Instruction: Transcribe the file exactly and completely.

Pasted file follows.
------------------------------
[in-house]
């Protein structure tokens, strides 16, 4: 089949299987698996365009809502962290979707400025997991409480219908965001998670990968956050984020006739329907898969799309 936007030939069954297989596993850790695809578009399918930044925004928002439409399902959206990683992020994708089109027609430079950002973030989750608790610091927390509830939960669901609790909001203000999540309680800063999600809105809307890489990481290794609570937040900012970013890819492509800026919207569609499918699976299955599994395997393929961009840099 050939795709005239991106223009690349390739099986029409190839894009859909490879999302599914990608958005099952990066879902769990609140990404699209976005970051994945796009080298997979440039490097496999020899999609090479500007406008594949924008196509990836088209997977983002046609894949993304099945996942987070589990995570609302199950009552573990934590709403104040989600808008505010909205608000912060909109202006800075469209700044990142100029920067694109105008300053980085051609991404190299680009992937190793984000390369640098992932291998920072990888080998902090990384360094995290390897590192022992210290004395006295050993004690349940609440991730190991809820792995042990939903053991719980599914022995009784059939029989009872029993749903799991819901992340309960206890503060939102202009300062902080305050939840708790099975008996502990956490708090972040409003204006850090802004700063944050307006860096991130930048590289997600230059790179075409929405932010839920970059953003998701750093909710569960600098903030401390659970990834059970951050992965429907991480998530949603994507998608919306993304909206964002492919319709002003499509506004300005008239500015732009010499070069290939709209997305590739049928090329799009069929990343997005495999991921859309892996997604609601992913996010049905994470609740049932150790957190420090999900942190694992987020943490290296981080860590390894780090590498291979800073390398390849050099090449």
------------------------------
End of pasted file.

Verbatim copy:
[in-house]
């Protein structure tokens, strides 16, 4: 089949299987698996365009809502962290979707400025997991409480219908965001998670990968956050984020006739329907898969799309 936007030939069954297989596993850790695809578009399918930044925004928002439409399902959206990683992020994708089109027609430079950002973030989750608790610091927390509830939960669901609790909001203000999540309680800063999600809105809307890489990481290794609570937040900012970013890819492509800026919207569609499918699976299955599994395997393929961009840099 050939795709005239991106223009690349390739099986029409190839894009859909490879999302599914990608958005099952990066879902769990609140990404699209976005970051994945796009080298997979440039490097496999020899999609090479500007406008594949924008196509990836088209997977983002046609894949993304099945996942987070589990995570609302199950009552573990934590709403104040989600808008505010909205608000912060909109202006800075469209700044990142100029920067694109105008300053980085051609991404190299680009992937190793984000390369640098992932291998920072990888080998902090990384360094995290390897590192022992210290004395006295050993004690349940609440991730190991809820792995042990939903053991719980599914022995009784059939029989009872029993749903799991819901992340309960206890503060939102202009300062902080305050939840708790099975008996502990956490708090972040409003204006850090802004700063944050307006860096991130930048590289997600230059790179075409929405932010839920970059953003998701750093909710569960600098903030401390659970990834059970951050992965429907991480998530949603994507998608919306993304909206964002492919319709002003499509506004300005008239500015732009010499070069290939709209997305590739049928090329799009069929990343997005495999991921859309892996997604609601992913996010049905994470609740049932150790957190420090999900942190694992987020943490290296981080860590390894780090590498291979800073390398390849050099090449």